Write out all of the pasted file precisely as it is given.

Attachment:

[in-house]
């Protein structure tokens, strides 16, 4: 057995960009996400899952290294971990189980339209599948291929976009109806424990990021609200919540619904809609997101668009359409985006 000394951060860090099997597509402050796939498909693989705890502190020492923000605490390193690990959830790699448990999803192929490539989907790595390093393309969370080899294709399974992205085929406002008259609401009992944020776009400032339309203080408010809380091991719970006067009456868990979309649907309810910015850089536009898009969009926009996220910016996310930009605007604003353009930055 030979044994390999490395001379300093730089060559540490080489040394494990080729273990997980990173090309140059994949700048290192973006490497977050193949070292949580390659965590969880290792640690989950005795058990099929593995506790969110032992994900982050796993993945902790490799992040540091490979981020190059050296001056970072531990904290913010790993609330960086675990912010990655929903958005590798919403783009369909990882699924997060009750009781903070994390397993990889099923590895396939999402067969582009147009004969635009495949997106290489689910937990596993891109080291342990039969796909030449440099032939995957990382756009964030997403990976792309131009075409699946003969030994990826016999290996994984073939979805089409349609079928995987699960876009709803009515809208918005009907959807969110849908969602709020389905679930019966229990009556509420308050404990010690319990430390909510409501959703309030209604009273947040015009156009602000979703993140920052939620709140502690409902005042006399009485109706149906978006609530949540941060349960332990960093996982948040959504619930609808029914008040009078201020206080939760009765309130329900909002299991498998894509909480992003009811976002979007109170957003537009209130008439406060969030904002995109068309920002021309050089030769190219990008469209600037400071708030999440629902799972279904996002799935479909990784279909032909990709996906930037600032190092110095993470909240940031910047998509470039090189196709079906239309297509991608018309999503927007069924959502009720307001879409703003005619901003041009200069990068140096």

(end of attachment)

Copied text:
[in-house]
């Protein structure tokens, strides 16, 4: 057995960009996400899952290294971990189980339209599948291929976009109806424990990021609200919540619904809609997101668009359409985006 000394951060860090099997597509402050796939498909693989705890502190020492923000605490390193690990959830790699448990999803192929490539989907790595390093393309969370080899294709399974992205085929406002008259609401009992944020776009400032339309203080408010809380091991719970006067009456868990979309649907309810910015850089536009898009969009926009996220910016996310930009605007604003353009930055 030979044994390999490395001379300093730089060559540490080489040394494990080729273990997980990173090309140059994949700048290192973006490497977050193949070292949580390659965590969880290792640690989950005795058990099929593995506790969110032992994900982050796993993945902790490799992040540091490979981020190059050296001056970072531990904290913010790993609330960086675990912010990655929903958005590798919403783009369909990882699924997060009750009781903070994390397993990889099923590895396939999402067969582009147009004969635009495949997106290489689910937990596993891109080291342990039969796909030449440099032939995957990382756009964030997403990976792309131009075409699946003969030994990826016999290996994984073939979805089409349609079928995987699960876009709803009515809208918005009907959807969110849908969602709020389905679930019966229990009556509420308050404990010690319990430390909510409501959703309030209604009273947040015009156009602000979703993140920052939620709140502690409902005042006399009485109706149906978006609530949540941060349960332990960093996982948040959504619930609808029914008040009078201020206080939760009765309130329900909002299991498998894509909480992003009811976002979007109170957003537009209130008439406060969030904002995109068309920002021309050089030769190219990008469209600037400071708030999440629902799972279904996002799935479909990784279909032909990709996906930037600032190092110095993470909240940031910047998509470039090189196709079906239309297509991608018309999503927007069924959502009720307001879409703003005619901003041009200069990068140096």